Enter keywords or a search phrase below:

1969 Plymouth GTX 440

October 2003
1969 Plymouth GTX 440
AMT/Ertl No. 31930
Model Type: 1/25 scale injection-molded plastic model kit
Molded Colors: Chrome-plated, clear, gray
MSRP: $13
Pros: Accurate proportions, finely engineered, separate firewall, inner fenders, door panels
Cons: Inaccurate instructions, poor-fitting rear bumper, manifold problems
AMT/Ertl released the 1969 GTX in 1990 as a convertible that was based on the 1968 Roadrunner kit. In 1991, the GTX was kitted in pro-street garb as hardtop. For 1993, the kit surfaced as a hardtop in stock for but with the pro street options.

AMT's most recent GTX offering looks to be the same as the 1993 reissue. The kit is listed as a stock 440 Super Commando but also contains a 426 Hemi with stock and pro-street options, as well as other items from the pro-street release.
I found several major problems while building the engine. First, the instructions only show how to assemble the 440 with a four-barrel carb, but the raised engine badges on the sides of the opening hood scoops read "HEMI." Second, the manifold doesn't fit on the block at all. Since there was also a six-barrel setup in the kit, I tried that, too. It fits better but still leaves a large gap on the top of the block, and my references show that Plymouth didn't offer the six-pack setup on GTXs in '69. Fortunately, I still had the instruction sheet for the original '91 pro-street kit and could build the stock Hemi. The engine went together well, although the chromed valve covers and air cleaner had to be stripped and painted. For further frustration, only the 440 six-pack air cleaner decal is included in the kit.

I found the rest of the engine a joy to detail. The inner fenders, firewall, and radiator wall are all separate, making detailing a pleasure. The wires on the firewall and fenders are lightly raised and painting them can be an adventure. Unfortunately, I found that the hood won't close if the air cleaner is installed on the Hemi.
The chassis is nicely done and features a separate two-piece exhaust system, shocks, and separate front crossmember and sway bar. The forward portion of the subframe still has to be cut off to make the body fit, and the redline tires shown on the box art aren't included. Instead, you get four raised white letter Polyglas GTs.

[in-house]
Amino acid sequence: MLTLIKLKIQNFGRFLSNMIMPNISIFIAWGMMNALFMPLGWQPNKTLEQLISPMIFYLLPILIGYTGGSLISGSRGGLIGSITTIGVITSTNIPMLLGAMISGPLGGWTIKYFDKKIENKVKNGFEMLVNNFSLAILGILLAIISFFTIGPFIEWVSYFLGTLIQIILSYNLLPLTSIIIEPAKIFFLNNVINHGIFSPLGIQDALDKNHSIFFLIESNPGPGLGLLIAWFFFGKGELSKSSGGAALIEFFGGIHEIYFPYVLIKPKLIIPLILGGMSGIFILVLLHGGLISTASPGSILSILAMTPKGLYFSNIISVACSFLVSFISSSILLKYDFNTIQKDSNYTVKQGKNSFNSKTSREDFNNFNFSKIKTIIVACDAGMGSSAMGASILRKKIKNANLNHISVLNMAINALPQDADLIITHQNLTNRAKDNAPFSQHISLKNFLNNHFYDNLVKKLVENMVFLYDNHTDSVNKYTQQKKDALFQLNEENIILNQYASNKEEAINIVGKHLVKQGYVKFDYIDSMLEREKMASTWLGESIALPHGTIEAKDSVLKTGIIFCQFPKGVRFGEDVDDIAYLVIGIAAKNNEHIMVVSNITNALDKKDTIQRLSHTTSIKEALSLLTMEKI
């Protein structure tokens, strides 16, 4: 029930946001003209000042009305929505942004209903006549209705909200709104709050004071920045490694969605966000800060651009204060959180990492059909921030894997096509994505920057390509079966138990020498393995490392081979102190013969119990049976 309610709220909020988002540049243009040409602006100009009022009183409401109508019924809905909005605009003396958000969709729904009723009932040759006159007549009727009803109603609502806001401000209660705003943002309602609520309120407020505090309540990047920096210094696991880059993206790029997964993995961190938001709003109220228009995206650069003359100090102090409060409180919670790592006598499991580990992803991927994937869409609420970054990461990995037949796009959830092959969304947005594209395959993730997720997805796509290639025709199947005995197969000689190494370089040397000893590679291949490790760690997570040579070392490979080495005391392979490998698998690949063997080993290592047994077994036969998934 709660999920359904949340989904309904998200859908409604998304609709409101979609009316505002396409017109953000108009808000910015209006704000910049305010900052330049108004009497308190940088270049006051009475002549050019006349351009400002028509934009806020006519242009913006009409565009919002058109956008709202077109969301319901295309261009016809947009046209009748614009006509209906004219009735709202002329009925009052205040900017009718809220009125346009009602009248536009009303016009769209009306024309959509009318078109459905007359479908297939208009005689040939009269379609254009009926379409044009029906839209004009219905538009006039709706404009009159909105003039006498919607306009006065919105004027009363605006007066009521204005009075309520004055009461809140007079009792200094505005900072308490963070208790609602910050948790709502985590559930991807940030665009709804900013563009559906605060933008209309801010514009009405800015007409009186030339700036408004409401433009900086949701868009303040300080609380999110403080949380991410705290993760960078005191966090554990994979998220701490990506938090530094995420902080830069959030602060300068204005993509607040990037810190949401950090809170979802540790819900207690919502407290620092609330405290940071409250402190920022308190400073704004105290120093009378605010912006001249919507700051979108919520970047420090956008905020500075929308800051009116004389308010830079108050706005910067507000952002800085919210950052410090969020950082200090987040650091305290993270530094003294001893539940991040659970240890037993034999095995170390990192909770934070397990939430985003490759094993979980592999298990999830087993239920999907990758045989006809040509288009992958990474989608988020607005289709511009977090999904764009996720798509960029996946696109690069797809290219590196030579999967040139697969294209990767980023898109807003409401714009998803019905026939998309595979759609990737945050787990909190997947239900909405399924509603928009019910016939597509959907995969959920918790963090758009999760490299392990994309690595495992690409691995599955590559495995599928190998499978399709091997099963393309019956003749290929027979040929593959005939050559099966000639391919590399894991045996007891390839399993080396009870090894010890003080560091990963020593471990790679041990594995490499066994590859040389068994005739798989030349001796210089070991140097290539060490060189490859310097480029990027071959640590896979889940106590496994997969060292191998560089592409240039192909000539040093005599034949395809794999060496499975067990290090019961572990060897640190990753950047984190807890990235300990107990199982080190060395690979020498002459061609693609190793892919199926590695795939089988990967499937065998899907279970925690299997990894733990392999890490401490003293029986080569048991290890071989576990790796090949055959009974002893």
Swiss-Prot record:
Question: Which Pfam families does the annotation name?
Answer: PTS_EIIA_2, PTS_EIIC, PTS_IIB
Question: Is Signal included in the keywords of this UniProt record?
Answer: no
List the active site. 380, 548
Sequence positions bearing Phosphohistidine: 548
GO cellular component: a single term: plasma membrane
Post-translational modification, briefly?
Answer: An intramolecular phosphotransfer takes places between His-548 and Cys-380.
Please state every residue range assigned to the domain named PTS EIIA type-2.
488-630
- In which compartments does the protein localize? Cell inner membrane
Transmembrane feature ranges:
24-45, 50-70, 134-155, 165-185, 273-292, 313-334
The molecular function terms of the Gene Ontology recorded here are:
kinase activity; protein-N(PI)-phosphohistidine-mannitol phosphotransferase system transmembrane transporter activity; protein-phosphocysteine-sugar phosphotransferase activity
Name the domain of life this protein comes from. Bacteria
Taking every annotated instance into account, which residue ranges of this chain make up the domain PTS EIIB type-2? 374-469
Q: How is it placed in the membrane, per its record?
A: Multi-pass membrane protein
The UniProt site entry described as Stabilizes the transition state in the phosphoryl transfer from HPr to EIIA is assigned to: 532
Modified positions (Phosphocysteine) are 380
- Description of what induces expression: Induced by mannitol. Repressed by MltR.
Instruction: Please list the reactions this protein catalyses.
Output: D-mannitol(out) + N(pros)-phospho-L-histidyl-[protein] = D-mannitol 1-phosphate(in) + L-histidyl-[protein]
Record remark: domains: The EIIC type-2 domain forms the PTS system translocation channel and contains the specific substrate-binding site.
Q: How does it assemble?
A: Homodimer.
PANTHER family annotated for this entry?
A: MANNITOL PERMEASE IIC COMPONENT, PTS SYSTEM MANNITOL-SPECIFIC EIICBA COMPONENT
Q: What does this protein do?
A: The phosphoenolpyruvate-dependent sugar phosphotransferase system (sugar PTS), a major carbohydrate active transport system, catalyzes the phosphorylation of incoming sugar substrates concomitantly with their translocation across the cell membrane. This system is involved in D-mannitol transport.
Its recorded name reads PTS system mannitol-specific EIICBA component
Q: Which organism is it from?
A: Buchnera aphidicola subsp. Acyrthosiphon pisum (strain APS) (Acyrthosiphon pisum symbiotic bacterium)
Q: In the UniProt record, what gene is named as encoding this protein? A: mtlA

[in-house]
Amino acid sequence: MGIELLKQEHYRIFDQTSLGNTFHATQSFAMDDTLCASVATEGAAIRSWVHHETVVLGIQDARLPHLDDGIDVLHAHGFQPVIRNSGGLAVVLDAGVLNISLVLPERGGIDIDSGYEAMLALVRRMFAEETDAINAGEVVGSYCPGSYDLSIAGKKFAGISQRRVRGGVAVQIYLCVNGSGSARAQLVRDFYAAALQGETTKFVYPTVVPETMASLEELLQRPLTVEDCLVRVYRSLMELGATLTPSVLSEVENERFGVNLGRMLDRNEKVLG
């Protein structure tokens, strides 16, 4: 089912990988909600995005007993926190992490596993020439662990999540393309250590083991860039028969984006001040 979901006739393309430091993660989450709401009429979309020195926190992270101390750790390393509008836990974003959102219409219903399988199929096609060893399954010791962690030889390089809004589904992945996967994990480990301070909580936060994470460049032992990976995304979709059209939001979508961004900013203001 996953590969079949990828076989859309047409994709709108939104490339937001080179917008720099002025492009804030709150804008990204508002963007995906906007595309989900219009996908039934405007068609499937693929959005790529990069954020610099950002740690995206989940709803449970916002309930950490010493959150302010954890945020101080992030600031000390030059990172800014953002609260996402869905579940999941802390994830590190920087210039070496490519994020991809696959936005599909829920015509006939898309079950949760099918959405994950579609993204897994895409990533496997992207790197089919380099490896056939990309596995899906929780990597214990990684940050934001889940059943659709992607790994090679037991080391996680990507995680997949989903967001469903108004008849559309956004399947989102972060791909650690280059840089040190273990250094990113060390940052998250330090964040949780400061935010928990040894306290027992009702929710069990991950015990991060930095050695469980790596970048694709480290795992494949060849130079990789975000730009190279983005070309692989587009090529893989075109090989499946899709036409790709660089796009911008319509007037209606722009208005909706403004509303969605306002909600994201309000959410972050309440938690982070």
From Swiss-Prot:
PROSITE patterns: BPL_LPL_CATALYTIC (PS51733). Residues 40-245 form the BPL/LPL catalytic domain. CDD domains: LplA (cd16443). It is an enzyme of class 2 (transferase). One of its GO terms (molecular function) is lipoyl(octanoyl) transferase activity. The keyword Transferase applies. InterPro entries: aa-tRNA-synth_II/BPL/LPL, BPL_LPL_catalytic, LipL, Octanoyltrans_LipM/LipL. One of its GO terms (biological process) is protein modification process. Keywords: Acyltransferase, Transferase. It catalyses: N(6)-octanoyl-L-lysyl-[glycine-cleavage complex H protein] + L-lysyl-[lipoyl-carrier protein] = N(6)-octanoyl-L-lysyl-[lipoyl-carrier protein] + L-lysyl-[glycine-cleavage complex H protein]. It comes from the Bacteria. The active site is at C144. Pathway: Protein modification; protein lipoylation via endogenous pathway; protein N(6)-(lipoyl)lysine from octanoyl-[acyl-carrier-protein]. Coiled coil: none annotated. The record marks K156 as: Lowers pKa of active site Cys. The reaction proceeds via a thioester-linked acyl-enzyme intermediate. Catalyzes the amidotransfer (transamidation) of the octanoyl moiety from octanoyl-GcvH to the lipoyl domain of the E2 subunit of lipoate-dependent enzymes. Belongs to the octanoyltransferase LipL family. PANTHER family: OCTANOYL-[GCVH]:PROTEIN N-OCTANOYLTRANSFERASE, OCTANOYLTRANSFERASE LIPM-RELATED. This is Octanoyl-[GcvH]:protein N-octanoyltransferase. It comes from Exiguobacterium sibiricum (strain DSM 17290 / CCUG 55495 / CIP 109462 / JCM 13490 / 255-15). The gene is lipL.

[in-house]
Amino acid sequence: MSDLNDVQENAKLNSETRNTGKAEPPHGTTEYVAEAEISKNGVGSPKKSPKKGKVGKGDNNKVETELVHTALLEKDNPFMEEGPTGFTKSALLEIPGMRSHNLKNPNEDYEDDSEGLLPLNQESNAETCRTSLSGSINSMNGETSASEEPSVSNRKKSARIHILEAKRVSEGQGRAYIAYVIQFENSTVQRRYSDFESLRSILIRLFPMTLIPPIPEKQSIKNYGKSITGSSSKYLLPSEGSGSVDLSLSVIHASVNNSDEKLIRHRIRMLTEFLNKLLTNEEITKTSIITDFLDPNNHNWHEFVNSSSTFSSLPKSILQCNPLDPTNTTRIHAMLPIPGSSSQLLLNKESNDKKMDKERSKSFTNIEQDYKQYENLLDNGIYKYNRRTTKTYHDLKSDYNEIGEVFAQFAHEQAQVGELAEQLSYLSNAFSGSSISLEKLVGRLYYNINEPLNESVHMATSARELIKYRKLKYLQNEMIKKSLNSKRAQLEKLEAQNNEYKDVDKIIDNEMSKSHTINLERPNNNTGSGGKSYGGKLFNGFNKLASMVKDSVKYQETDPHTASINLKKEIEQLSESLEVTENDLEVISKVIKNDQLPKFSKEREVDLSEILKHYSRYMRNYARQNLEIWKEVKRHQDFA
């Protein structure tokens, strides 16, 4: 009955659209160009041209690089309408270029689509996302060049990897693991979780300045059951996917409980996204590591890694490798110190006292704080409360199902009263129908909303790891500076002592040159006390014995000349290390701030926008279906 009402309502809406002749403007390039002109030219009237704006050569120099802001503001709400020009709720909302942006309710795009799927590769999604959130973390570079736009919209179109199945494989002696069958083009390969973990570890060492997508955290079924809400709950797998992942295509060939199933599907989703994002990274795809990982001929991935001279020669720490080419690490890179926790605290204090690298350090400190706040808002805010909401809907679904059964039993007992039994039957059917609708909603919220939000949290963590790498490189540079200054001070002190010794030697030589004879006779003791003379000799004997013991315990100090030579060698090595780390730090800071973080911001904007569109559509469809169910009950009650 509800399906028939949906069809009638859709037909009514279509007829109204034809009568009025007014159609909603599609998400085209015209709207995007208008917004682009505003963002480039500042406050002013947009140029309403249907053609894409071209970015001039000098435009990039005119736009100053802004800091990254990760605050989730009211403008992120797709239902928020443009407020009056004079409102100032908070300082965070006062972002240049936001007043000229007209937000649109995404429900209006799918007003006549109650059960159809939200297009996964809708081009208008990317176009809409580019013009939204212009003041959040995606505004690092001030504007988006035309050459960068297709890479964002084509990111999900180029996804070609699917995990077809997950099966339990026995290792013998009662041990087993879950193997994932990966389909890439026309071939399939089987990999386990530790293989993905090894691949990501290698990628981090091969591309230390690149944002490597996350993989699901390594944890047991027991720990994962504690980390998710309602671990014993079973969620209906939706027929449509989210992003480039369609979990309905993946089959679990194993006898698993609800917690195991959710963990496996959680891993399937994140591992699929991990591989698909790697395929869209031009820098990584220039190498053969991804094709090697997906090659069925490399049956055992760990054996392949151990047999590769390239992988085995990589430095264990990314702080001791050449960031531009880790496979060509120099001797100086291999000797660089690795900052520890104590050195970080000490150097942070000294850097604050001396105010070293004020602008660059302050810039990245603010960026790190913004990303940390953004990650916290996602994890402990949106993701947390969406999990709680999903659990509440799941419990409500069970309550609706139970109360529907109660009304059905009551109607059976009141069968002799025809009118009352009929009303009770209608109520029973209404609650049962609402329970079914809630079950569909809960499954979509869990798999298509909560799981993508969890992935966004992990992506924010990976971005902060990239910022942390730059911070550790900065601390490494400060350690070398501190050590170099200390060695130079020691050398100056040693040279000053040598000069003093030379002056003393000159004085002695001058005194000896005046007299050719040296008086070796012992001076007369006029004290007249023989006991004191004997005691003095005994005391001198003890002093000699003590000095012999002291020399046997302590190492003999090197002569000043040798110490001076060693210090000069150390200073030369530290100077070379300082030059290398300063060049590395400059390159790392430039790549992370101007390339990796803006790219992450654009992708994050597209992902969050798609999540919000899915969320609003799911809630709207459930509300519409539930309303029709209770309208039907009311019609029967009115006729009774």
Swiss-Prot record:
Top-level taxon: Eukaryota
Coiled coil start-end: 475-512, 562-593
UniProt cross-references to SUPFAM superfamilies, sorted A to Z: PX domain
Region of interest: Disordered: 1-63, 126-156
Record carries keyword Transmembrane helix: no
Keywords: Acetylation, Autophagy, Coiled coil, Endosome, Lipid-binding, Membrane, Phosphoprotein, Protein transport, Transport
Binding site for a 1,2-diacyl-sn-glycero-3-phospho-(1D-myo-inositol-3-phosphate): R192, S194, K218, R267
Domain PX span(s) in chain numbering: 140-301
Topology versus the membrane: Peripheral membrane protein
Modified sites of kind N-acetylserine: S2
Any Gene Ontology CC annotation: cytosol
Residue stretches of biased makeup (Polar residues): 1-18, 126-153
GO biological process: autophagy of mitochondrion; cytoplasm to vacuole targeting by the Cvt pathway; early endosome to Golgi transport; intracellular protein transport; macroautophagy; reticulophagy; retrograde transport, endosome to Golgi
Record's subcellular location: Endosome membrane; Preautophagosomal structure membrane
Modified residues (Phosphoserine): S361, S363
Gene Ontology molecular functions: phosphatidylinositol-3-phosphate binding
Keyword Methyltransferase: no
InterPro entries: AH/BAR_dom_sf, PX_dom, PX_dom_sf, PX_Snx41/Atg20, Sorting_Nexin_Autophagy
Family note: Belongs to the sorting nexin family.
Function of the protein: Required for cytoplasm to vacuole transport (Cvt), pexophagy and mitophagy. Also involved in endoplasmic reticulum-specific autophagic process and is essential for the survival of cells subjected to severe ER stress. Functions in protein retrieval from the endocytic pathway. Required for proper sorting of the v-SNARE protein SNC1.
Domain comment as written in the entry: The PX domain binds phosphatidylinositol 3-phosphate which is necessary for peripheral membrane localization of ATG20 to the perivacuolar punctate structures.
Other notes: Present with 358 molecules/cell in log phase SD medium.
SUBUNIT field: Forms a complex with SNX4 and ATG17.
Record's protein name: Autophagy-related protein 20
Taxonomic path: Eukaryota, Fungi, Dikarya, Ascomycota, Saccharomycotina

The body looks proportionally accurate. Because the name plates on the trunk and hood are so thinly raised, they become useless after painting the body. Only the side "GTX" badges can be painted easily. I finished my Mopar with Testor's Model Master Go Mango (No. 2770) to replicate Plymouth's hideously beautiful "Vitamin C" Hi Impact color. I chose not to add the optional Roadrunner/GTX hood stripes or the normally seen black trim paint on the lower body panels. Although the kit includes red body-stripe decals (but not the white ones), placement instructions aren't included on the instruction sheet. The bumpers and grille are easy to mount but the rear bumper is too far away from the body.

I really love kits with nice interiors, and the GTX certainly qualifies. It has separate door panels, a separate rear seat, and is accurately detailed with a Hurst shifter. I painted my GTX's interior flat and semigloss black, silver, and tan for the wood grain.

If this kit had included a proper intake, accurate instructions, the redlines, and well, everything that should've been fixed, it would've been a very good model. It's okay for experienced modelers, but I wouldn't recommend it to a parent wanted to build a model with their child.


Read and share your comments on this article

Want to leave a comment?

Only registered members of are allowed to leave comments. Registration is FREE and only takes a couple minutes.

Login or Register now.


50-plus great reader tips!